Watch the butterfly balance on a solitary stem of the astilbe planted just inches from where you sit. Notice the way the light illuminates the shiny blue dragonfly perched restfully on the wire of string lights suspended above your deck. Look at the way the arching branches of the butterfly bush cast a gently swaying shadow on the wall of your family room. Watch your daughter’s face while she talks and notice the tiny indicators that speak about how she feels and what she is really thinking about. Live in the present and see what is right in front of you instead of living out of the limbic system and subconscious memory while letting what is right in front of you slip past unnoticed.
Your eyes scan everything, but most of what your eyes scan you never actually see, because it never reaches conscious awareness. This is adaptive. We would be hopelessly impaired, paralyzed with information overload if we had to pay attention to everything that the eyes took in, and the most vital information would be lost amidst the clutter. The brain screens the input and determines what is important enough to bring to conscious awareness.
You can train your brain to bring to consciousness more of what your eyes see from the casual scan of your surroundings. This is important, because how much you really see, your ability to truly notice what is happening all around you, influences how well you feel. In turn, how well you feel influences how much you are then able to see. Mood heavily influences perception and perception heavily influences mood. It’s a circular relationship and you have to start someplace, so you might as well start with increasing what you notice.
The more mindful and present you are the better you feel. The better you feel the more you see, and the more you see, the better you will feel. This is because our subconscious alarm reaction (fear and anxiety generated in the right side limbic system) is influenced by how rapidly and suddenly the world is coming at us. When you notice more of your surroundings, examine things more closely, take the time to really look at what is around you, this brings you into the present and slows your perception of time. Time slows because your brain is processing more sensory information in a shorter time frame. As time slows and you are more attuned, the life coming at you appears to be proceeding at a more comfortable pace. The threat level lowers, the limbic system quiets (no longer reacting to every minor provocation) and you feel more settled.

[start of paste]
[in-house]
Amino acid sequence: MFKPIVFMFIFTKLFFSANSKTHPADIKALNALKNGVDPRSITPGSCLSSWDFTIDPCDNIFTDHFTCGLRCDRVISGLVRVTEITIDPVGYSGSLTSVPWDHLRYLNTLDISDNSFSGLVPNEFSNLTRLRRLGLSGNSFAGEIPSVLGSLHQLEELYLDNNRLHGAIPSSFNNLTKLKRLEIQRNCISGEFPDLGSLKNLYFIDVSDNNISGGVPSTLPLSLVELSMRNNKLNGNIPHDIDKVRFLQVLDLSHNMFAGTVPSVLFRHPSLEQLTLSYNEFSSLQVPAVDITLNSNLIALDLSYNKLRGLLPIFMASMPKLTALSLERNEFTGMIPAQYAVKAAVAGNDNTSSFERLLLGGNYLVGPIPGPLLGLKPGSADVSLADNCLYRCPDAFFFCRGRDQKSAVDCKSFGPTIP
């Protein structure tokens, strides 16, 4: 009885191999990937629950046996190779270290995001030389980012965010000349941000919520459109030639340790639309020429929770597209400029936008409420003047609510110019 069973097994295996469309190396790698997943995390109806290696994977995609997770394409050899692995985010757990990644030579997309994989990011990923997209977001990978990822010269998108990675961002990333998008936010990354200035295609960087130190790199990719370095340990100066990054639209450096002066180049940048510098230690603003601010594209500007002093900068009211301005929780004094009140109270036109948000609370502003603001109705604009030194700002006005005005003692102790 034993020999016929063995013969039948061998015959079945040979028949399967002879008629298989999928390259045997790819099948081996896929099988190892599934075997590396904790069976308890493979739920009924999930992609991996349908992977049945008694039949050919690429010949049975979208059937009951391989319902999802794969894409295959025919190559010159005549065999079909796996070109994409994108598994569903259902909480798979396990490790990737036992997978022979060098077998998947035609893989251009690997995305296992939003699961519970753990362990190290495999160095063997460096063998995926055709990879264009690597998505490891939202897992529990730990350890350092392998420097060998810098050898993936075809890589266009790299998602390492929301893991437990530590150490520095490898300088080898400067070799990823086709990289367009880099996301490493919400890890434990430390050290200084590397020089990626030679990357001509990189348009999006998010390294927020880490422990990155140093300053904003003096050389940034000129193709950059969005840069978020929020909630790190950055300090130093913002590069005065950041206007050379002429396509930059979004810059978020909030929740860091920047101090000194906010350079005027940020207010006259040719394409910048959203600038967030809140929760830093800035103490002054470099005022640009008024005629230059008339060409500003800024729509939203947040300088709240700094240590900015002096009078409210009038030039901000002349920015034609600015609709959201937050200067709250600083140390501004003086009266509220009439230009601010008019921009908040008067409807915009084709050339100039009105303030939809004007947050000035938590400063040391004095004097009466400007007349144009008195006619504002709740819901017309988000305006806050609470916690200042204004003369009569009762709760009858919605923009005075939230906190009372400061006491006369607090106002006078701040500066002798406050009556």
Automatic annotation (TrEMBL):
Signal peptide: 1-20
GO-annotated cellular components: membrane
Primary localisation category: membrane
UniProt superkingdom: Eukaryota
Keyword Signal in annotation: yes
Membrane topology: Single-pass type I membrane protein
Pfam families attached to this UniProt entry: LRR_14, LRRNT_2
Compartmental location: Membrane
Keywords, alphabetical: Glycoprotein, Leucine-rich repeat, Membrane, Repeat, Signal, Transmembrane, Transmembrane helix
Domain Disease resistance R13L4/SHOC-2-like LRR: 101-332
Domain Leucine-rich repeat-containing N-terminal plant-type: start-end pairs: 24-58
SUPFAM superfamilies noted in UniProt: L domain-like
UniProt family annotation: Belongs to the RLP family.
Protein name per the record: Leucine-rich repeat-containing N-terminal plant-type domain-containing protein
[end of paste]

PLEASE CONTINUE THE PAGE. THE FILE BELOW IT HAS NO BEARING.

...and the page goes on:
This state of mindfulness also helps quiet your limbic system by engaging the frontal cortex. Focused attention and processing detail generates activity in the frontal cortex and the frontal cortex keeps things in proper perspective by continually factoring in current context. When you live your life in the present by increasing your attunement to what is going on around you, you are actively engaging the frontal cortex and this prevents you from slipping too far into the limbic circuit (a slight dissociative state as memories create alarm or a mood that changes your perception of what is really happening, and this leads to additional memory triggers that take you even further from reality as these memories are superimposed on the present).
The brain becomes more creative and makes an increased multitude of connections during a positive mood and this enables you to actually see more of what is right in front of you. Time slows because you are processing more in a shorter period of time. The picture develops greater detail and this promotes calm and well-being and feelings of trust and connectedness and this is why you feel better when you see more.
Our mood is greatly influenced by our ability to find fascination with what is right in front of us. If you train yourself to see more of what is right in front of you, your mood will elevate and you will experience calm.
It isn’t as easy as it sounds to find fascination, to truly see what or who is right in front of you. Life can sometimes be like an action-packed movie, full of fast-moving events, partial scenes requiring quick interpretation, but remember, a movie is nothing more than a series of still frames in rapid sequence. Freeze time, look around you and see the still frames, however insignificant they may seem. The more you make yourself see, the more and the deeper you will feel and the better you will feel.
Watch your daughter’s face while she talks and notice how she feels and what she is truly thinking about. Make it into “one of those moments”. There is more to see and it’s right in front of you.Take a good look around yourself and practice finding the fascination and appreciating the detail.